National Geographic : 2010 Oct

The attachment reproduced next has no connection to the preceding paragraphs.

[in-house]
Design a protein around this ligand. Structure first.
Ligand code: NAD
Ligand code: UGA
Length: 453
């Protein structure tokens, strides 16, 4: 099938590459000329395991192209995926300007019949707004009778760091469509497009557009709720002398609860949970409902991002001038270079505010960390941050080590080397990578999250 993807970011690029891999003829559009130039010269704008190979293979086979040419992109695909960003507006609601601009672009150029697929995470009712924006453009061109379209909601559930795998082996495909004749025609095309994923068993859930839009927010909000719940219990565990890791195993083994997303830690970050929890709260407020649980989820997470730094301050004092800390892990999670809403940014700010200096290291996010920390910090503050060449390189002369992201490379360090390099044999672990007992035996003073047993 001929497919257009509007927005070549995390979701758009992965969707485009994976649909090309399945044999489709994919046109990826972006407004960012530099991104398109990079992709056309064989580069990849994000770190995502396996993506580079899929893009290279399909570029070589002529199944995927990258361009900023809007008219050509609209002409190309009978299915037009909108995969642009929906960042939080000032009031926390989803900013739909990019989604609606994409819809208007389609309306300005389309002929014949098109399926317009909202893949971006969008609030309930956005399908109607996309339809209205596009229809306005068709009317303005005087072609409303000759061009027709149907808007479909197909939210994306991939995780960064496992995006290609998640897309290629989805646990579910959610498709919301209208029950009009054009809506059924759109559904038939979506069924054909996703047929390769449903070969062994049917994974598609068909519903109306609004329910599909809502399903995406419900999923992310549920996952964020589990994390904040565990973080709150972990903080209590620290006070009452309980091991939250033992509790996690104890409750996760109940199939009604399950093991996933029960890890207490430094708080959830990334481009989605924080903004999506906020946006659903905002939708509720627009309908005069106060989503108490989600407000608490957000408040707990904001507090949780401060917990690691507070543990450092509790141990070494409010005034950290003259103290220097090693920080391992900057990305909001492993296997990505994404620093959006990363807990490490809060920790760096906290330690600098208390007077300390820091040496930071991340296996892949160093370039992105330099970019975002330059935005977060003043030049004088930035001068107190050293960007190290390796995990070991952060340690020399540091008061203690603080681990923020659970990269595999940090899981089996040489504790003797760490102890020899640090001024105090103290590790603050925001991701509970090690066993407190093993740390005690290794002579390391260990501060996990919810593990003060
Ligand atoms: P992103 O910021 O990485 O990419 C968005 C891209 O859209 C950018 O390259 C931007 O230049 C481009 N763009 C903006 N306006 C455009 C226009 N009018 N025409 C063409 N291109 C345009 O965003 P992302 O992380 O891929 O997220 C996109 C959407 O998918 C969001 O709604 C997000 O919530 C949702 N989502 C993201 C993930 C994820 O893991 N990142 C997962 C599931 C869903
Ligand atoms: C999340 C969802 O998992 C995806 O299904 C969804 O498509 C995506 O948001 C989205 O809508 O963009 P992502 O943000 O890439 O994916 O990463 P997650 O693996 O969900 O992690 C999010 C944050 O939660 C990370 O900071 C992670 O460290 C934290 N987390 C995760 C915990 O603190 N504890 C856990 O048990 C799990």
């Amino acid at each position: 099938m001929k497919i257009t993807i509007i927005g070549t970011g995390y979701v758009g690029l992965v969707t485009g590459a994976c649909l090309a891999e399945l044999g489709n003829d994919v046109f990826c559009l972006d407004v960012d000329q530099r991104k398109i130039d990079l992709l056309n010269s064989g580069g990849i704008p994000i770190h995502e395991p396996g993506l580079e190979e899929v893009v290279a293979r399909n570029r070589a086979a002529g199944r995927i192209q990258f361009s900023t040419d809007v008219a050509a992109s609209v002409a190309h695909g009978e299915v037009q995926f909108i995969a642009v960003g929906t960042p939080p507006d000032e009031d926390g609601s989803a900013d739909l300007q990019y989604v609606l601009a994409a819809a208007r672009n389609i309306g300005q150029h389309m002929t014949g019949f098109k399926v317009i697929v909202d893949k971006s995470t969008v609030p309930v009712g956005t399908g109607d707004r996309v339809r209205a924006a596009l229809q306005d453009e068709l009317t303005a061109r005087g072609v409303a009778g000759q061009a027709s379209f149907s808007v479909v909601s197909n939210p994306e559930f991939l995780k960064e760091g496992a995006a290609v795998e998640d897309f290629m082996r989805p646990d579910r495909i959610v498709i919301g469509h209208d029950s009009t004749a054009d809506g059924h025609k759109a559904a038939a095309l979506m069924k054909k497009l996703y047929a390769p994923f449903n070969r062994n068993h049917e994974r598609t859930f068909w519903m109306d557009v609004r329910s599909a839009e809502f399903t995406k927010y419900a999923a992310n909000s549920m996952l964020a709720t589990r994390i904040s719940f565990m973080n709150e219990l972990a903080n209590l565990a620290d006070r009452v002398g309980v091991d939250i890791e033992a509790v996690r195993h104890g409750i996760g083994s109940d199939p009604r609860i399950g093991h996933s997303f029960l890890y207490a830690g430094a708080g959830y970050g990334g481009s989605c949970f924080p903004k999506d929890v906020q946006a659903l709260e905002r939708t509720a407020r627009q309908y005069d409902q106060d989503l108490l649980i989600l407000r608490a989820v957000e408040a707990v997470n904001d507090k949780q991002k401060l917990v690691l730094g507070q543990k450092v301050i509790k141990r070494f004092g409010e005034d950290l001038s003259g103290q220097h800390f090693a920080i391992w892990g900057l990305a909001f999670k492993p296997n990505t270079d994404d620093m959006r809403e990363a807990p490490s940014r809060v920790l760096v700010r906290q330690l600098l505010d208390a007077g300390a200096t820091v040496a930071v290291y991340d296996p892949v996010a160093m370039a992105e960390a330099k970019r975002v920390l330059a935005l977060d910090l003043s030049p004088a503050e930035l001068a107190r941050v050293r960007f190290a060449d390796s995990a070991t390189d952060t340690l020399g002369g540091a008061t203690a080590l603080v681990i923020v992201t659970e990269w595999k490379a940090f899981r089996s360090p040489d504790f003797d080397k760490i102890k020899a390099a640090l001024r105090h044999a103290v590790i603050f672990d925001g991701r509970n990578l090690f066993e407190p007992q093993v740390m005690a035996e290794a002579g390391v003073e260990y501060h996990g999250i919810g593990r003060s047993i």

EDITOR'S NOTE PHOTO: TYRONE TURNER It is 150 years, seven months, and 24 days from the day, August 27, 1859, when Edwin Drake drilled the first successful oil well near Titusville, Pennsylvania, to the blowout of the Deepwater Horizon oil rig, 48 miles off the coast of Louisiana, this past spring. Drake's well, which struck oil at a depth of 69.5 feet, launched the modern oil industry. We have been dealing with the consequences of our petroleum-fueled lifestyle ever since. There's been much finger-pointing and debate over who is to blame for the stain of oil in the Gulf of Mexico, but the fault can be said to lie in no small part within ourselves and our appetite for oil. It is an appetite that Drake, with his 20-barrel-a-day well, could not have imagined. The oil from that well, and others of that era, went mostly into kerosene, which was replacing whale oil for lighting. Henry Ford's company, which would ultimately put car keys in millions of hands, was nearly half a century away. Petroleum-based polymers, plastic bottles and bags, fertilizers, jet planes, the Age of Hydrocarbon Man, as Daniel Yergin calls it in The Prize, his history of oil, had not yet arrived. The words that follow in this month's issue, and the photographs---an oil-soaked pelican, a tarry shoreline, the despair on fishermen's faces---remind us that there is more to the cost of oil than the ticking numbers at the fuel pump. An oily wave breaks on the beach at Gulf Shores, Alabama.